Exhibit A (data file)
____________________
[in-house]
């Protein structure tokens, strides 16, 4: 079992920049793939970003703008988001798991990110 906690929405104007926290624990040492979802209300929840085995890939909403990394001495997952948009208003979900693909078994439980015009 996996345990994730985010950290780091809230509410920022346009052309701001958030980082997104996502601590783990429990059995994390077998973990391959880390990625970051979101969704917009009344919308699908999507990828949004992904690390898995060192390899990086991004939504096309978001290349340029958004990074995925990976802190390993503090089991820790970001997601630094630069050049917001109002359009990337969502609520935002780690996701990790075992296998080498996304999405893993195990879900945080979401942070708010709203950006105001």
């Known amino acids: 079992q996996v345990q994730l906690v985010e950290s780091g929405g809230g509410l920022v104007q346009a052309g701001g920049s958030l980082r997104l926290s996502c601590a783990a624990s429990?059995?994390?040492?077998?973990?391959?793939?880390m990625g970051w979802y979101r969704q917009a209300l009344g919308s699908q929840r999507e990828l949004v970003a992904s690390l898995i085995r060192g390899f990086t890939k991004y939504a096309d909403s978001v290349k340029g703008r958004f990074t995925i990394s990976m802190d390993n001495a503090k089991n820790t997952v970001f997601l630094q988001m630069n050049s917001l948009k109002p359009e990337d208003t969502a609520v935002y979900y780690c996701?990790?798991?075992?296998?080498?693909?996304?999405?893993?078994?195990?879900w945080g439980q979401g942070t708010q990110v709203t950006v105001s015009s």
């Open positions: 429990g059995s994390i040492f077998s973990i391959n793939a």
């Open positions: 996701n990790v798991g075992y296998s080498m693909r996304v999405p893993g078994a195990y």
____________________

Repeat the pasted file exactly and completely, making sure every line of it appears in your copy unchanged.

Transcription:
[in-house]
């Protein structure tokens, strides 16, 4: 079992920049793939970003703008988001798991990110 906690929405104007926290624990040492979802209300929840085995890939909403990394001495997952948009208003979900693909078994439980015009 996996345990994730985010950290780091809230509410920022346009052309701001958030980082997104996502601590783990429990059995994390077998973990391959880390990625970051979101969704917009009344919308699908999507990828949004992904690390898995060192390899990086991004939504096309978001290349340029958004990074995925990976802190390993503090089991820790970001997601630094630069050049917001109002359009990337969502609520935002780690996701990790075992296998080498996304999405893993195990879900945080979401942070708010709203950006105001």
């Known amino acids: 079992q996996v345990q994730l906690v985010e950290s780091g929405g809230g509410l920022v104007q346009a052309g701001g920049s958030l980082r997104l926290s996502c601590a783990a624990s429990?059995?994390?040492?077998?973990?391959?793939?880390m990625g970051w979802y979101r969704q917009a209300l009344g919308s699908q929840r999507e990828l949004v970003a992904s690390l898995i085995r060192g390899f990086t890939k991004y939504a096309d909403s978001v290349k340029g703008r958004f990074t995925i990394s990976m802190d390993n001495a503090k089991n820790t997952v970001f997601l630094q988001m630069n050049s917001l948009k109002p359009e990337d208003t969502a609520v935002y979900y780690c996701?990790?798991?075992?296998?080498?693909?996304?999405?893993?078994?195990?879900w945080g439980q979401g942070t708010q990110v709203t950006v105001s015009s």
């Open positions: 429990g059995s994390i040492f077998s973990i391959n793939a």
């Open positions: 996701n990790v798991g075992y296998s080498m693909r996304v999405p893993g078994a195990y």